Duration:00:41:44

Sean Penn Latest Role: Novelist

3/29/2018
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At the top of the show, Sean Penn reflects on how his just-released first novel, Bob Honey Who Just Do Stuff, had its roots in his effort to intervene in the 2016 presidential election. So after Trump's victory, Penn continued with Bob Honey to investigate the ways in which we're all complicit in this catastrophic outcome; and what better mode to take all that on than a Pynchonesque, Foster Wallace-inspired antic tale, an absurdist/realist fiction. Co-hosts Eric Newman and Kate Wolf don't...

Duration:00:30:49

Maxine Hong Kingston: Warrior of Peace

3/22/2018
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The great author reflects on a lifetime of writing, an unorthodox career, and her current work as a teacher and healer, which couldn't be more relevant for our troubled times. Under a majestic oak in Reza Aslan and Jessica Jackley's beautiful backyard, Maxine Hong Kingston talks with LARB Radio's Tom Lutz and answers questions from an audience hanging on her every word. It was an evening rife with wisdom, charm, laughter, and confrontations with some of life's greatest challenges; a true...

Duration:00:55:49

Dispatches From The Border

3/16/2018
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In a penetrating interview, LARB Radio host Kate Wolf talks with author Francisco Cantu about his new book The Line Becomes a River, an impressionistic chronicle of his five year stint as an agent for the United States Border Patrol, his emotional fallout from the experience, and his reflections on the humanitarian crisis of the US-Mexico border. Cantu also offers his thoughts on the controversy that has surrounded this book, stemming from criticism from immigration rights activists; as...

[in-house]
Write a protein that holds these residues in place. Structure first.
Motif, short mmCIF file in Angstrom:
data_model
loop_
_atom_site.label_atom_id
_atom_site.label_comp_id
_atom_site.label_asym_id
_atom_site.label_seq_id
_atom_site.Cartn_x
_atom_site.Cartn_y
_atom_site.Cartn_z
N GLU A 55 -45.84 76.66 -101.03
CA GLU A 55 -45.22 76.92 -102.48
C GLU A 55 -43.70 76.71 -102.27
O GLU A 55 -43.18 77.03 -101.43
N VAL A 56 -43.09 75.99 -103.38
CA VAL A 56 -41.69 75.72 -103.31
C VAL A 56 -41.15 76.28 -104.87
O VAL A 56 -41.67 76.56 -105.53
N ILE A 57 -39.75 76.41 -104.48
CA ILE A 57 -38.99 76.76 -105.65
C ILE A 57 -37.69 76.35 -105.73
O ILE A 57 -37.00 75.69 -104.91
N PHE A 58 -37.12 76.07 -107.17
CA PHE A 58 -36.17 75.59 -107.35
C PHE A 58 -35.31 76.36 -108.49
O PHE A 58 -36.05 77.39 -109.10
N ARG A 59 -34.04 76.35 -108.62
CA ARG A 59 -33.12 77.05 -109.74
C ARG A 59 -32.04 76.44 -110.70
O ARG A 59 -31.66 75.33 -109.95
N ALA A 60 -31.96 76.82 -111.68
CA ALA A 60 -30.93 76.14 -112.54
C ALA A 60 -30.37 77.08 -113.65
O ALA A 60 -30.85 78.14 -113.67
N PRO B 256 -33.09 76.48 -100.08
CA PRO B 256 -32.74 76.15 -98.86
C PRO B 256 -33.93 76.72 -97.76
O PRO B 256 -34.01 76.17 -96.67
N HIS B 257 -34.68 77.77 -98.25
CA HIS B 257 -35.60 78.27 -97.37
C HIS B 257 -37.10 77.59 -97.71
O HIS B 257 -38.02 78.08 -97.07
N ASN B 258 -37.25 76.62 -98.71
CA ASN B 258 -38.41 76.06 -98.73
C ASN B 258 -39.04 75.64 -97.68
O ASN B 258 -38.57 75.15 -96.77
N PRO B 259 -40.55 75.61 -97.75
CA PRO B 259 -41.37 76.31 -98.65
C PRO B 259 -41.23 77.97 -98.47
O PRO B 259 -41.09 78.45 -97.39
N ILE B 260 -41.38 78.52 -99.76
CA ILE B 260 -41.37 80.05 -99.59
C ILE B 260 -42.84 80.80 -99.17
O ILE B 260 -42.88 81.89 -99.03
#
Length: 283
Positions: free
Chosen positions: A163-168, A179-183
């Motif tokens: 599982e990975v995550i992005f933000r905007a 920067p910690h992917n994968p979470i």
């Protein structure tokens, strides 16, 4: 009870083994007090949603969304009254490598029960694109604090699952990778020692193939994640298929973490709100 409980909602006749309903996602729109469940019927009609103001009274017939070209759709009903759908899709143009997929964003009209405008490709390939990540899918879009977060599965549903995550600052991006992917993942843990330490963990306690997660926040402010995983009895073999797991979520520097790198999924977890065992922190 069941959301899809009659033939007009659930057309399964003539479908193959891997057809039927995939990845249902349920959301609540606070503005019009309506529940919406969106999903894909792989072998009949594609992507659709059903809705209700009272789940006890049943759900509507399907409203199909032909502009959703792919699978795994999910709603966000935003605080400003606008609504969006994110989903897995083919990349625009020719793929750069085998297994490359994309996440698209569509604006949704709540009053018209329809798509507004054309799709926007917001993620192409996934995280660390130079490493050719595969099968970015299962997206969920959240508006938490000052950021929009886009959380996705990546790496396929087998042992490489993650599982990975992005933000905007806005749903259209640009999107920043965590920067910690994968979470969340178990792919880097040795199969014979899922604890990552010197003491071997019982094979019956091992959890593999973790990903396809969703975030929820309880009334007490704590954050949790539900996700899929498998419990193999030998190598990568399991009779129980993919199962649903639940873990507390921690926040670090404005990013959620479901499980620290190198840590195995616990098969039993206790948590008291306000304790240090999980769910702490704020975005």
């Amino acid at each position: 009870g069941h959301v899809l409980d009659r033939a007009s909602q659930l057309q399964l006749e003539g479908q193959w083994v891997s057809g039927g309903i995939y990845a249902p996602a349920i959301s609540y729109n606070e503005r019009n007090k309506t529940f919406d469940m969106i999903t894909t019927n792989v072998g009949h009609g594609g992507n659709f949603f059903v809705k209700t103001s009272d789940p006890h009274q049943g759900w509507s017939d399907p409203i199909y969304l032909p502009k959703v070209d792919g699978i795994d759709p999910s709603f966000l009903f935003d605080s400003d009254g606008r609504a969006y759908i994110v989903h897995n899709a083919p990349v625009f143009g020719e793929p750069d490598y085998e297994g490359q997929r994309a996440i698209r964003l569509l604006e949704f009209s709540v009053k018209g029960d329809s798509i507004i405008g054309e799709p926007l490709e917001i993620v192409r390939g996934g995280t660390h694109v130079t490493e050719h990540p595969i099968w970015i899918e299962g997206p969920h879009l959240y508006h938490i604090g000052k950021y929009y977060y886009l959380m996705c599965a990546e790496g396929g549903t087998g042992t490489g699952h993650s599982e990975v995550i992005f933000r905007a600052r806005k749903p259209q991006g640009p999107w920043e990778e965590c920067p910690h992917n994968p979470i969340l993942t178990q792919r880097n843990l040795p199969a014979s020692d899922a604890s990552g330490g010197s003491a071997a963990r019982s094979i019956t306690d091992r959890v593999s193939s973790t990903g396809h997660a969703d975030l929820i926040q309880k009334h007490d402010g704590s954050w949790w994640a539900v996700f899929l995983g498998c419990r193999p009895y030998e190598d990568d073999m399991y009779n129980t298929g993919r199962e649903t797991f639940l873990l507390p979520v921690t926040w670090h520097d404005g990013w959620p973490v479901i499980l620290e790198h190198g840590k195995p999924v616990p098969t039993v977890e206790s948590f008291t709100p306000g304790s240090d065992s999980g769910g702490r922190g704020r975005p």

Duration:00:42:01

Bassem Youssef's Revolutionary Comedy

3/8/2018
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Bassem Youssef, author of Revolution for Dummies: Laughing through the Arab Spring, joins co-hosts Eric Newman and Medaya Ocher to discuss what it's like to launch an entirely new genre in the Middle East - mass media political satire (modeled upon Jon Stewart's Daily Show) - and then become Egypt's most popular TV host before having to flee the country. Youssef has lost none of his wit or political insight since his days on center stage of an actual revolution; and the conversation is...

Duration:00:32:18

The Literature of Exile

3/2/2018
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Azareen Van der Vliet Oloomi joins co-hosts Eric Newman, Kate Wolf, and Medaya Ocher to discuss her first novel, Call Me Zebra, released to universal praise this past month. In his review for The Los Angeles Review of Books, Nathan Scott McNamara, describes how Zebra, “the precocious narrator, a self-proclaimed “connoisseur of literature,… is unvaryingly brilliant and deadpan funny… the smartest narrator you will encounter this year.” Through her travels, tragedies, romance, and voracious...

Duration:00:37:56

Huck Finn on the LA River

2/23/2018
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LARB Radio was live at The Last Bookstore in Downtown LA this past Sunday at the Book Release Party for author Tom DeRoche's and illustrator Daniel Gonzalez's 21st century recasting of Mark Twain's American Classic: The Ballad of Huck and Miguel. Co-hosts Eric Newman and Medaya Ocher facilitated the main event, a free flowing discussion with Tom and Manuel that captivated the overflow crowd with reflections on a book that, much like the original, illuminates many of the central concerns...